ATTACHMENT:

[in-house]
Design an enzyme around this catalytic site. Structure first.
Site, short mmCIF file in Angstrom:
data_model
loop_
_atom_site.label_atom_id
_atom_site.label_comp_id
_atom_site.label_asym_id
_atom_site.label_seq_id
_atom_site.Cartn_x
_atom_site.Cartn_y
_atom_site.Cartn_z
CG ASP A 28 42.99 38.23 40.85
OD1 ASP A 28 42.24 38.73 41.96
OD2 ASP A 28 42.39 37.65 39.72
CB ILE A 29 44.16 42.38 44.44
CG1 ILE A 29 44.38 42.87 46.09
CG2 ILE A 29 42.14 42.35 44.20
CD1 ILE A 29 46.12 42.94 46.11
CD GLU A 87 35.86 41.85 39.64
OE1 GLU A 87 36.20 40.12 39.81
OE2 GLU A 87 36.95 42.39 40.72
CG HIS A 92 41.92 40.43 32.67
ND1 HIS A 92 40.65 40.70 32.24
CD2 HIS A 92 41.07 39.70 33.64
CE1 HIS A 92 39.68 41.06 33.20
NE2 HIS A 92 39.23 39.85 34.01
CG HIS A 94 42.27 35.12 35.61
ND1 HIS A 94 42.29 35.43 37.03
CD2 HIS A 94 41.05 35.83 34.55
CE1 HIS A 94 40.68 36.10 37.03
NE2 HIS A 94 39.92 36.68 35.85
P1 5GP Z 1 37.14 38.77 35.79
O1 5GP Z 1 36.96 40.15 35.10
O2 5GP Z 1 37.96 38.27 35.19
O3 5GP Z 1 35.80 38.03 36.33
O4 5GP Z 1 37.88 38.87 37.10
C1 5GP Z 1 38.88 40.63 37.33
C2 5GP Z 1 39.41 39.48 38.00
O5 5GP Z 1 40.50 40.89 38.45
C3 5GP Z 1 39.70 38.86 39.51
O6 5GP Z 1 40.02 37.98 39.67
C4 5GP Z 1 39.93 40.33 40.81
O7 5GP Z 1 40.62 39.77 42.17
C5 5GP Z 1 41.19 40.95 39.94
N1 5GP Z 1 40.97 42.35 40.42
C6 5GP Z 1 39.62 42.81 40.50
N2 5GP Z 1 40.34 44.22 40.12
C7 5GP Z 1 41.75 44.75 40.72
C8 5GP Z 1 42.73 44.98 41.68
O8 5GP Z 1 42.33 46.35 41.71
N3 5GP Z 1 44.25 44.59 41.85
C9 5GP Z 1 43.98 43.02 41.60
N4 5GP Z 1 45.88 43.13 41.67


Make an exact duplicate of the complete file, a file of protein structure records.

[in-house]
Design an enzyme around this catalytic site. Structure first.
Site, short mmCIF file in Angstrom:
data_model
loop_
_atom_site.label_atom_id
_atom_site.label_comp_id
_atom_site.label_asym_id
_atom_site.label_seq_id
_atom_site.Cartn_x
_atom_site.Cartn_y
_atom_site.Cartn_z
CG ASP A 28 42.99 38.23 40.85
OD1 ASP A 28 42.24 38.73 41.96
OD2 ASP A 28 42.39 37.65 39.72
CB ILE A 29 44.16 42.38 44.44
CG1 ILE A 29 44.38 42.87 46.09
CG2 ILE A 29 42.14 42.35 44.20
CD1 ILE A 29 46.12 42.94 46.11
CD GLU A 87 35.86 41.85 39.64
OE1 GLU A 87 36.20 40.12 39.81
OE2 GLU A 87 36.95 42.39 40.72
CG HIS A 92 41.92 40.43 32.67
ND1 HIS A 92 40.65 40.70 32.24
CD2 HIS A 92 41.07 39.70 33.64
CE1 HIS A 92 39.68 41.06 33.20
NE2 HIS A 92 39.23 39.85 34.01
CG HIS A 94 42.27 35.12 35.61
ND1 HIS A 94 42.29 35.43 37.03
CD2 HIS A 94 41.05 35.83 34.55
CE1 HIS A 94 40.68 36.10 37.03
NE2 HIS A 94 39.92 36.68 35.85
P1 5GP Z 1 37.14 38.77 35.79
O1 5GP Z 1 36.96 40.15 35.10
O2 5GP Z 1 37.96 38.27 35.19
O3 5GP Z 1 35.80 38.03 36.33
O4 5GP Z 1 37.88 38.87 37.10
C1 5GP Z 1 38.88 40.63 37.33
C2 5GP Z 1 39.41 39.48 38.00
O5 5GP Z 1 40.50 40.89 38.45
C3 5GP Z 1 39.70 38.86 39.51
O6 5GP Z 1 40.02 37.98 39.67
C4 5GP Z 1 39.93 40.33 40.81
O7 5GP Z 1 40.62 39.77 42.17
C5 5GP Z 1 41.19 40.95 39.94
N1 5GP Z 1 40.97 42.35 40.42
C6 5GP Z 1 39.62 42.81 40.50
N2 5GP Z 1 40.34 44.22 40.12
C7 5GP Z 1 41.75 44.75 40.72
C8 5GP Z 1 42.73 44.98 41.68
O8 5GP Z 1 42.33 46.35 41.71
N3 5GP Z 1 44.25 44.59 41.85
C9 5GP Z 1 43.98 43.02 41.60
N4 5GP Z 1 45.88 43.13 41.67